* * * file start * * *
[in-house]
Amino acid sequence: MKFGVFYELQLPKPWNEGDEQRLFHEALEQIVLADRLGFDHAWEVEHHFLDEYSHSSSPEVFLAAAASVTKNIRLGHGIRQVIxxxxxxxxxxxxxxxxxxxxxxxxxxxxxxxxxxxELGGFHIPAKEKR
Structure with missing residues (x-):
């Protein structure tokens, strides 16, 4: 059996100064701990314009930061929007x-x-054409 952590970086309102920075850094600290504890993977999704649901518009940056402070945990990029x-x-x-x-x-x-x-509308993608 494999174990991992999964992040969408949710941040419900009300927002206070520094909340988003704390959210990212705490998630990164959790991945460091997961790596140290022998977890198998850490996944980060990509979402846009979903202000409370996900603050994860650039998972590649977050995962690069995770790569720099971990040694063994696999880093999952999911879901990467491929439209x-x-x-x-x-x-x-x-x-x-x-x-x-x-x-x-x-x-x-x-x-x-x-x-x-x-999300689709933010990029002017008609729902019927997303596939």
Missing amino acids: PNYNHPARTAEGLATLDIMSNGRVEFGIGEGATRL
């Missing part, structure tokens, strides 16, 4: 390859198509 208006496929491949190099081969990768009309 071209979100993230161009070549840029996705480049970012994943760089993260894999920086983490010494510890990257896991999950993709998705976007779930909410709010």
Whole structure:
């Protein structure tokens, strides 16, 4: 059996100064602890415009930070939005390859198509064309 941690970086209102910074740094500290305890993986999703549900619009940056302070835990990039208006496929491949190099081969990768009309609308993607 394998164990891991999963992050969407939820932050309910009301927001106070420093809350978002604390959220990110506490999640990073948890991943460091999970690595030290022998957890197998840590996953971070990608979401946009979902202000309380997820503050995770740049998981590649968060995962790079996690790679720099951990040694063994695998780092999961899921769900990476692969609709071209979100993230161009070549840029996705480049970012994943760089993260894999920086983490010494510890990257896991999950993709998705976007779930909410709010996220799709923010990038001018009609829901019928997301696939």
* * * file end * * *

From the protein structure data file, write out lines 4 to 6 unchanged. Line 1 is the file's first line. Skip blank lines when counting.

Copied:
């Protein structure tokens, strides 16, 4: 059996100064701990314009930061929007x-x-054409 952590970086309102920075850094600290504890993977999704649901518009940056402070945990990029x-x-x-x-x-x-x-509308993608 494999174990991992999964992040969408949710941040419900009300927002206070520094909340988003704390959210990212705490998630990164959790991945460091997961790596140290022998977890198998850490996944980060990509979402846009979903202000409370996900603050994860650039998972590649977050995962690069995770790569720099971990040694063994696999880093999952999911879901990467491929439209x-x-x-x-x-x-x-x-x-x-x-x-x-x-x-x-x-x-x-x-x-x-x-x-x-x-999300689709933010990029002017008609729902019927997303596939």
Missing amino acids: PNYNHPARTAEGLATLDIMSNGRVEFGIGEGATRL
């Missing part, structure tokens, strides 16, 4: 390859198509 208006496929491949190099081969990768009309 071209979100993230161009070549840029996705480049970012994943760089993260894999920086983490010494510890990257896991999950993709998705976007779930909410709010």